Enough

pexels-photo-618545.jpegI’ve done a little updating recently. I changed the name of this blog from Kristin Growing Up to simply, Kristin Cox. Don’t get me wrong, I’m still growing as a person but I’m hoping to do more with this oft neglected site. I still don’t know what my niche is but I think for now, it is about life and what I think and feel about it.

I have wrestled with many of the same issues over and over and it’s been a long (and still ongoing) process of weeding through them all. But one thing remained true throughout is a need to write.

For the majority of my life, my mindset has been that I had to do everything and be perfect at it. While reading over my old posts (some I’ve kept, some I’ve deleted), it was a running theme. Especially this one.

You’re a Grownup Baby, Now What? was written back in 2013, before intensive therapy. Since that post, I’ve had over 4 years worth of reading hundreds of self-help books and articles, navigated new relationships and jobs, and a shit ton of trial and error.

I like reading that post in particular because it reminds me of how far I’ve come. I know why I wasn’t trying or why I was falling short: I was scared to death.

I believed that I was suppose to do it all. Be it all. That I was suppose to be a master of something right out of the gate. I didn’t know it was okay to mess up and make mistakes.

My parents told me I could do anything, acting like I was the last savior of the family. The hope rested on my shoulders to carry everyone out of poverty. One can only imagine the crushing burden it had on me.

During the same time, I was constantly shamed, ridiculed, and made fun of. Anything I did was criticized, either outright or subtly.

My dad always pointed out weaknesses in my drawings, never including any strengths. My dad is also the master of backhanded compliments.

Once when I was 15, I wanted to try cooking oats for myself but keep them chunky. My mother always cooked everything to death and liked her oatmeal kind of soupy and gelatinous. She deemed my oatmeal a failure and the entire potful was thrown out in a rage.

I vacuumed wrong. My tone and volume of voice was too loud or too low. My hair wasn’t the right length. I wore too much makeup sometimes and not enough other times. I came to believe, wholeheartedly, that there was something inherently wrong with me.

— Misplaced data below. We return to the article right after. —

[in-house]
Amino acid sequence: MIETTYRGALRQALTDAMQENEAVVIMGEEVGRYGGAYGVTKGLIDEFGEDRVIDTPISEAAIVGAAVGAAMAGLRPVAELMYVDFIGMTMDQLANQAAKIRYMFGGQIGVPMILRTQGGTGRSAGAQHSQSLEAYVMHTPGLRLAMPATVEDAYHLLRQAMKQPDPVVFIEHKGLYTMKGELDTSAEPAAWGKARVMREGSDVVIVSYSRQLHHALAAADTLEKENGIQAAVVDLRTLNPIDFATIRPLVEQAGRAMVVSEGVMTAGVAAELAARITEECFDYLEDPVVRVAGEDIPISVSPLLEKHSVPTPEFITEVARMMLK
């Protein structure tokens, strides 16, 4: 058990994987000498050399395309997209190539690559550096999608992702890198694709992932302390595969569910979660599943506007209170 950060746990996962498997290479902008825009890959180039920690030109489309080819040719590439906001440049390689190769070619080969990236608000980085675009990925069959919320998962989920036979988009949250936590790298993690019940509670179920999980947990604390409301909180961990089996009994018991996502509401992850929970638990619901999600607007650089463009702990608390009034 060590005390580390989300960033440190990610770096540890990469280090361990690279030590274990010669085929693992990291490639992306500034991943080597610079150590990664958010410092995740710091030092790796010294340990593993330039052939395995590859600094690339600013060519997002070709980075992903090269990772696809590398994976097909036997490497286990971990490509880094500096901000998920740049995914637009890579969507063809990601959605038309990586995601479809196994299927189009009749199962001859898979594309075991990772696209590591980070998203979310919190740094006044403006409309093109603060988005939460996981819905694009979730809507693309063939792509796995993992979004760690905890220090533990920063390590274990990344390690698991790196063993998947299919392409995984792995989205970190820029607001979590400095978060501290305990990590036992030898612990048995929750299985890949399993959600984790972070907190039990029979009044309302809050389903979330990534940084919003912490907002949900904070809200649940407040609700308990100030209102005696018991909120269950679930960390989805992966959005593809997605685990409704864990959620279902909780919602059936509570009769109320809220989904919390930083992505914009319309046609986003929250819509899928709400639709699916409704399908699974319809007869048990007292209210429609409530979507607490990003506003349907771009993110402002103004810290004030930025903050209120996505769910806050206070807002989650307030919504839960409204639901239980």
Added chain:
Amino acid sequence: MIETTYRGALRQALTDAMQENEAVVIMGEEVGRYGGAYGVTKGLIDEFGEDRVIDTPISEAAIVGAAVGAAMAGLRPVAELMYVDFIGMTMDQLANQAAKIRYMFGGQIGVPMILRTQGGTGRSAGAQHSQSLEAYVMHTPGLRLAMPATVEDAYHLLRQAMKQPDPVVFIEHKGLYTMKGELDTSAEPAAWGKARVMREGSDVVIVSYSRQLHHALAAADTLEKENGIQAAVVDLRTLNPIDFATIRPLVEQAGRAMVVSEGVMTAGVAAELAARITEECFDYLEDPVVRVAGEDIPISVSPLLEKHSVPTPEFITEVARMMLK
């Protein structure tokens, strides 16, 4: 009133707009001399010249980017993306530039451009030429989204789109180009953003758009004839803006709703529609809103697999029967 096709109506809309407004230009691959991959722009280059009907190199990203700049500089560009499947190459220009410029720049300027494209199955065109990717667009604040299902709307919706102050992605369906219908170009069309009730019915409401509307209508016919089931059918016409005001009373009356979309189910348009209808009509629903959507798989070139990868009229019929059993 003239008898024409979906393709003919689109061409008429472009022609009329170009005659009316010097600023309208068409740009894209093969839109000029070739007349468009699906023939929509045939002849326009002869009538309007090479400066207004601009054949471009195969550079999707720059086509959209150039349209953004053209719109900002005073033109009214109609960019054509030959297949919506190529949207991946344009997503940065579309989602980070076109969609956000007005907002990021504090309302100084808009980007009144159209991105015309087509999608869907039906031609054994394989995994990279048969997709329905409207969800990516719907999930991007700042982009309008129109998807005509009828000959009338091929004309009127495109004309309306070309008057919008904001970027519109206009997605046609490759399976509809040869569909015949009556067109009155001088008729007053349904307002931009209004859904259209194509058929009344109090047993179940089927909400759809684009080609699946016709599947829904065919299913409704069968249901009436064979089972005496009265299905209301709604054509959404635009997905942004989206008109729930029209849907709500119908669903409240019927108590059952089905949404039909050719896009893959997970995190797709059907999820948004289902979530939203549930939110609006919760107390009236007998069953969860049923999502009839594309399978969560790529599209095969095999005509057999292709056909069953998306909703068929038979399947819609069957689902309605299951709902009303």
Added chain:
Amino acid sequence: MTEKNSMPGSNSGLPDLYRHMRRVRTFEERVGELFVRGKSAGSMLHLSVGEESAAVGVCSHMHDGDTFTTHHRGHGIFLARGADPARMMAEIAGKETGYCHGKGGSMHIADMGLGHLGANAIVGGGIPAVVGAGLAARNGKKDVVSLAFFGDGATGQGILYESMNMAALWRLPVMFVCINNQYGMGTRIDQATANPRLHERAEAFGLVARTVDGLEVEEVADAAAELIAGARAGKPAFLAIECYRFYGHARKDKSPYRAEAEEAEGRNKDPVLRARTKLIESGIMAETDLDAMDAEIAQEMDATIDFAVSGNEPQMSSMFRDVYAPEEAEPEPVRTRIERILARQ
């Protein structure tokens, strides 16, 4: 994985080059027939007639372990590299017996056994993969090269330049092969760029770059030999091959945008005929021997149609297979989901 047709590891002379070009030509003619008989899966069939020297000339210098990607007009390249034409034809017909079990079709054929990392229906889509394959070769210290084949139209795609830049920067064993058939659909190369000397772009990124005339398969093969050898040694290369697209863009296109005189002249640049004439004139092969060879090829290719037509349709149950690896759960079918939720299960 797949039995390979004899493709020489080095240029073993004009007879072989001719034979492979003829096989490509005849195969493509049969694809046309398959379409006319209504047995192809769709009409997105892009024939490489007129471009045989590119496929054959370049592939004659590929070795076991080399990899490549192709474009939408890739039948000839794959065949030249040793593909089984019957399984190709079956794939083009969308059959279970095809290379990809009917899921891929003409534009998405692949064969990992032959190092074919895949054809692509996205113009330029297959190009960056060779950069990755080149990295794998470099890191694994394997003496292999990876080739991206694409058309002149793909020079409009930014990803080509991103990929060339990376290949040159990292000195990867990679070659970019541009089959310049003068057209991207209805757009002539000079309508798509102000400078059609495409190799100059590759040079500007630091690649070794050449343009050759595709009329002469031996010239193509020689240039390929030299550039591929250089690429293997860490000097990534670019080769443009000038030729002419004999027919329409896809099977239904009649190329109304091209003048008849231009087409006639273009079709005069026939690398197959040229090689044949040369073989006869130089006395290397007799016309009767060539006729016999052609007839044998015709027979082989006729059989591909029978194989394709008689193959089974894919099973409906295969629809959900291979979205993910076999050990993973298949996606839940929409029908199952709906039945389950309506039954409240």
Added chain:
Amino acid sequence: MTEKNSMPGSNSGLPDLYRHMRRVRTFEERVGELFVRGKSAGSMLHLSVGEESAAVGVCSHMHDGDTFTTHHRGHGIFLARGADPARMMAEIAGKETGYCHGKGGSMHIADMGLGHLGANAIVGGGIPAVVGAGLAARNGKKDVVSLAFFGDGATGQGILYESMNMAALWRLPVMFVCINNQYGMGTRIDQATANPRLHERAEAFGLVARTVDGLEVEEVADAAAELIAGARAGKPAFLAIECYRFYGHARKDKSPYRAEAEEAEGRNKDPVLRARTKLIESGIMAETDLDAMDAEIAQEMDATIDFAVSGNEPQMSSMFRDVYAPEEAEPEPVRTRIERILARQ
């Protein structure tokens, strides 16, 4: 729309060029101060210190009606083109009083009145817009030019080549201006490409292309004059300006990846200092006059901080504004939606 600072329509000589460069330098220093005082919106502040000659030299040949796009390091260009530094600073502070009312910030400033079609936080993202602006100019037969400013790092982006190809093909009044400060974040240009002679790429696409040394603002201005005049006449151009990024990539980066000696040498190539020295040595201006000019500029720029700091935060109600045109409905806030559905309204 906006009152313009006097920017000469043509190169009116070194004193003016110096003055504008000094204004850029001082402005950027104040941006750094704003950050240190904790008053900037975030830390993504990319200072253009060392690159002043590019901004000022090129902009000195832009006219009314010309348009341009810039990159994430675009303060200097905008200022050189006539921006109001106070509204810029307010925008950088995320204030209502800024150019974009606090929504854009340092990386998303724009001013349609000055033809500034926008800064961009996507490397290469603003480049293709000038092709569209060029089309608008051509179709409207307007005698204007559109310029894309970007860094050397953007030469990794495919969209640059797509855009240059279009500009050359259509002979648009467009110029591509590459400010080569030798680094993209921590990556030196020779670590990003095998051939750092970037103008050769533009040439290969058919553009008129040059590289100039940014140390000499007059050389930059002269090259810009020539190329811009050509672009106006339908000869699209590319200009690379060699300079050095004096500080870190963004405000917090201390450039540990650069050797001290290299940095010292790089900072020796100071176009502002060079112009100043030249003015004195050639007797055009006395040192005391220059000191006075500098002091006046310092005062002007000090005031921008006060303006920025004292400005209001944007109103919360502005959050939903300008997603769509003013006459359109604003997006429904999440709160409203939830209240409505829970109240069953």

When it came to writing a story, I assumed I had to write it linearly and have everything sound perfect the first time through. Getting stuck or not knowing some scenes or writing weak sentences meant I was no good and there was no hope. (I also believed everyone else in the world could mess up or not be very good at something at first, just not me.)

I didn’t know I could write a draft over and over. I didn’t know I could write shitty sentences then go back and make them not shitty. I didn’t know that I could make mistakes and go back to correct them.

I rarely read books on writing. I thought I didn’t need to. Well, SHOULDN’T need to. In the past couple of months, though, I have been reading them. And what a revelation they have been! Published authors write badly when first starting out or they write badly still but they know they can go back and fix it.

I have gained so much from reading about the fears and apprehensions they experience. I have also found that how authors approach ideas and the writing process is similar to my own. (I just thought I was doing it wrong since it was me.) It turns out, I’m human like the rest of them.

There has been this life long blockage that seems to have finally been freed. I did a lot of soul searching and asked a lot of questions and had more healing in 2017. I went into 2018 knowing that I want to write. I NEED to write. I MUST write.

And it’s okay to mess up. Or I have to rewrite a story 10 times or more. Or I can let myself write and not judge myself to death. I’ve been trying to be perfect at everything for so long, all the while not believing I was worthy enough for any of it. I’ve expected everything to be perfect upon first attempt and you know what happened? Nothing. I did nothing substantial I cared about for a long time. A lot of years spent too afraid to really try on my own.

But I know better now. I don’t have to be afraid. I can be me and that is good enough.

 

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